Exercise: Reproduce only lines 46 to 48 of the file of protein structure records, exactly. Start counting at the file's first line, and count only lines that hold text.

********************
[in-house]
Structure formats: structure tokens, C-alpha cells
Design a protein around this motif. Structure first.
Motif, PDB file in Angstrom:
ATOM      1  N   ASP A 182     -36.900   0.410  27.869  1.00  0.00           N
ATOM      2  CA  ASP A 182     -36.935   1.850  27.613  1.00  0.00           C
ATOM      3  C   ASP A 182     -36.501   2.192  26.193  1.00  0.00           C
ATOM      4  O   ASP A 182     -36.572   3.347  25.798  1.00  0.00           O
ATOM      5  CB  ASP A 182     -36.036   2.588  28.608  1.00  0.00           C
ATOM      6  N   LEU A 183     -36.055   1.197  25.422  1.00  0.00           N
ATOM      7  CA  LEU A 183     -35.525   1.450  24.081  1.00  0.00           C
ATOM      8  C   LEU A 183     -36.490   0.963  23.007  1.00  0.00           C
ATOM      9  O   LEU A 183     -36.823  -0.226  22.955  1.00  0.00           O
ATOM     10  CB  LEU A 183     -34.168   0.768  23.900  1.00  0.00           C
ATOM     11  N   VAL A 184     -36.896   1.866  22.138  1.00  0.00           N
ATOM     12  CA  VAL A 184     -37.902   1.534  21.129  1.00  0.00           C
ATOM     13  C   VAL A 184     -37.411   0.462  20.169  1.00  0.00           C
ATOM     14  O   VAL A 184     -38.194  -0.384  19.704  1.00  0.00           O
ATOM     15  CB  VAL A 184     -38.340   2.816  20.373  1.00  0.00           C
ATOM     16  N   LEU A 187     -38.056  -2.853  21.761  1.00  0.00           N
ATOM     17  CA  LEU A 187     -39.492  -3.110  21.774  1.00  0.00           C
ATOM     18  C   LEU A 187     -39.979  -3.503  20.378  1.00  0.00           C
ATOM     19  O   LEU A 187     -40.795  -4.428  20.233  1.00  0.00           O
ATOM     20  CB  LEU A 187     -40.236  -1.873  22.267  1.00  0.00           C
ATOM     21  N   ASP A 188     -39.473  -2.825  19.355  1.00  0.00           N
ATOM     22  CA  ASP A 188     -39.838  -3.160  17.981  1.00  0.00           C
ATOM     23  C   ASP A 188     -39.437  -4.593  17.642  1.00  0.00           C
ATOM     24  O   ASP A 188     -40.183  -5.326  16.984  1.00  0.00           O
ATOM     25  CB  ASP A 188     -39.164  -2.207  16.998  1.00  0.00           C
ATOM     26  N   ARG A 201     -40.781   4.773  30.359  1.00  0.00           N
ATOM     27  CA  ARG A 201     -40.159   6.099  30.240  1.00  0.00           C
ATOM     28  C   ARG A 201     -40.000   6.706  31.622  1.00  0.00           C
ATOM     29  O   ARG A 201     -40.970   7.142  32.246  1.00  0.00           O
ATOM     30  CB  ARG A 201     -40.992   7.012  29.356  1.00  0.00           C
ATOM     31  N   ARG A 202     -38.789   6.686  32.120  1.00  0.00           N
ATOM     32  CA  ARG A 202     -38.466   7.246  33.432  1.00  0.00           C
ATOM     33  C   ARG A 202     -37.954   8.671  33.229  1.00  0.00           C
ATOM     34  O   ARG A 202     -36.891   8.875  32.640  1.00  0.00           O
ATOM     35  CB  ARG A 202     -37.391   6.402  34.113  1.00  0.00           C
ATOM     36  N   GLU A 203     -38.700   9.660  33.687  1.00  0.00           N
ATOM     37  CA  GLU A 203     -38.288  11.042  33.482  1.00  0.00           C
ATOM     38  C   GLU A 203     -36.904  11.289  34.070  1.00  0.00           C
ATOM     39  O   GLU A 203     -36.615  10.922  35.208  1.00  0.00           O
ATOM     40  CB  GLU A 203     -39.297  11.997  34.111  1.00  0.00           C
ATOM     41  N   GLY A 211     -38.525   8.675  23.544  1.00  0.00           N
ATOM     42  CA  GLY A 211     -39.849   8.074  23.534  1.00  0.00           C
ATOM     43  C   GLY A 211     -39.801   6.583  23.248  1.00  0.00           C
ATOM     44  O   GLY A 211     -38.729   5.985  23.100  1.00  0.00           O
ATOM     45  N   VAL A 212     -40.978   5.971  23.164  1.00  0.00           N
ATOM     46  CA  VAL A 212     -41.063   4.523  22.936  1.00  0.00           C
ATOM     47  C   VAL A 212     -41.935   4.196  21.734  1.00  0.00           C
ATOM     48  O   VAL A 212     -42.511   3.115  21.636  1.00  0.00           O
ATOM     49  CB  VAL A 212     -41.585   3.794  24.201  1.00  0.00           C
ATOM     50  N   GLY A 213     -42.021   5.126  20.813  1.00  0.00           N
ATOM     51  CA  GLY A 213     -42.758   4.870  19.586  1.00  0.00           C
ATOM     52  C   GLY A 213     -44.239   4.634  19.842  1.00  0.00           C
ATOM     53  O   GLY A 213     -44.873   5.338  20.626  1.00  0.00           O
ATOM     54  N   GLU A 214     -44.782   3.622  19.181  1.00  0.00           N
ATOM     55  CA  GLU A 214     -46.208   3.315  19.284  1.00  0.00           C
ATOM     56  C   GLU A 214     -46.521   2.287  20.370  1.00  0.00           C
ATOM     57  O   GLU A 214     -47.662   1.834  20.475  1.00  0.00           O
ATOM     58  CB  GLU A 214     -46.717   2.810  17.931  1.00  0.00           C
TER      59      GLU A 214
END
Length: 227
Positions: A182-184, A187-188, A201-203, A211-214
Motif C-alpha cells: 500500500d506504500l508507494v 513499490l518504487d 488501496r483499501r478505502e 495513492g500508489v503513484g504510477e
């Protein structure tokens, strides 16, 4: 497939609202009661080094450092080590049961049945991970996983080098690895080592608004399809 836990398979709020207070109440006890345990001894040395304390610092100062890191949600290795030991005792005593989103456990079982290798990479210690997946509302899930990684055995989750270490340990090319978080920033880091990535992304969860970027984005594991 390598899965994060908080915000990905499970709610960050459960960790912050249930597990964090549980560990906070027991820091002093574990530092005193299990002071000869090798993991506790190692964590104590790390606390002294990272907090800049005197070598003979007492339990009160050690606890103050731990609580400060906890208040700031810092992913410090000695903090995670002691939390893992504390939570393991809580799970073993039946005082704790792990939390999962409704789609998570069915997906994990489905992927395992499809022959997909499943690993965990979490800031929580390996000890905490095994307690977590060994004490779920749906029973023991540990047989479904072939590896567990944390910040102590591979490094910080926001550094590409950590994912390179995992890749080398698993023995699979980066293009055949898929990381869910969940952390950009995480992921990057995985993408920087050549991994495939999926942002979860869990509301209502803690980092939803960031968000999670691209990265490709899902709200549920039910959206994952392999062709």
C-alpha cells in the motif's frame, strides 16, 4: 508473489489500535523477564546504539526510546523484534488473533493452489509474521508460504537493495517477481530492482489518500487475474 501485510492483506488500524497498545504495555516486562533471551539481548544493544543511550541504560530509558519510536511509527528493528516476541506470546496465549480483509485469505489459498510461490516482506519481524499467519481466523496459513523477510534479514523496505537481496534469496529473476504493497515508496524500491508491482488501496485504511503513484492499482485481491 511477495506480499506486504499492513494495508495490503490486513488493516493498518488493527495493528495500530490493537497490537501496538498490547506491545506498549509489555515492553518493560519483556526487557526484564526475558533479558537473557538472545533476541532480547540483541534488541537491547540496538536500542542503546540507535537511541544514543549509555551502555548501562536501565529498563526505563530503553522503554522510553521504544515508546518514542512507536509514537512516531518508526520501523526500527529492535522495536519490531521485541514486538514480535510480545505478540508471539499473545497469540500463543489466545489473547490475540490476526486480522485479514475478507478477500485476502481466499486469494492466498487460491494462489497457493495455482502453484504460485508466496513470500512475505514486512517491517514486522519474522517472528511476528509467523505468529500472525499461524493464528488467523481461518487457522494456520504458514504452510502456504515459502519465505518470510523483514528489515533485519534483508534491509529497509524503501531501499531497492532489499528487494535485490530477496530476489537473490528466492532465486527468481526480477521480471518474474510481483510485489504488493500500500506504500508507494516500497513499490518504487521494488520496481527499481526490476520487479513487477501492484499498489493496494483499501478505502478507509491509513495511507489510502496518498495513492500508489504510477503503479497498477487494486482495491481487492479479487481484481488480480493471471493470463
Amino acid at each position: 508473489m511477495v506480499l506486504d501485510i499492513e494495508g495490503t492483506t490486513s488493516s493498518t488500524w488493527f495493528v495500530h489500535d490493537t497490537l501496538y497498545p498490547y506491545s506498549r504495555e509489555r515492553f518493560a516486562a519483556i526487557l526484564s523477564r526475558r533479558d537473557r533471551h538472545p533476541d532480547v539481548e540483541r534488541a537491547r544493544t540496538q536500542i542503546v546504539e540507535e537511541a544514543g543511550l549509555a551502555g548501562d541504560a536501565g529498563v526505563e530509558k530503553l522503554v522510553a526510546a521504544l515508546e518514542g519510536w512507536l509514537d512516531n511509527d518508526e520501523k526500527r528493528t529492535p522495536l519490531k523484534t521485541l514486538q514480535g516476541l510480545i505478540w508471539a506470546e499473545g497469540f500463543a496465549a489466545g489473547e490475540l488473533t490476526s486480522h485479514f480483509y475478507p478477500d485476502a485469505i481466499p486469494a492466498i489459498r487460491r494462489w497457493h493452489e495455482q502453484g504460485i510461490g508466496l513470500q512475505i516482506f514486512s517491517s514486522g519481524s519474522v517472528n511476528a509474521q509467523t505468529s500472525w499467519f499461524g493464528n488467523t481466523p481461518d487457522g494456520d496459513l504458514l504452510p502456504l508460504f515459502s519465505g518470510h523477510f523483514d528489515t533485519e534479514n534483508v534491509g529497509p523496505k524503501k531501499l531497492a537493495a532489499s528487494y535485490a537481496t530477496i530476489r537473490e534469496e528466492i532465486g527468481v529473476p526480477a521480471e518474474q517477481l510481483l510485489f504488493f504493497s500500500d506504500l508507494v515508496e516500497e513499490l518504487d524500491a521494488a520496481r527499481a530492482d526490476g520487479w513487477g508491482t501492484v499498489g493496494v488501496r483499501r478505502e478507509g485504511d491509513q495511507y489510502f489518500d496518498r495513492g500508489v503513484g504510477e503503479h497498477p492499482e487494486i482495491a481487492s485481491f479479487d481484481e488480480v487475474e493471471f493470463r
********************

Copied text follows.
ATOM     42  CA  GLY A 211     -39.849   8.074  23.534  1.00  0.00           C
ATOM     43  C   GLY A 211     -39.801   6.583  23.248  1.00  0.00           C
ATOM     44  O   GLY A 211     -38.729   5.985  23.100  1.00  0.00           O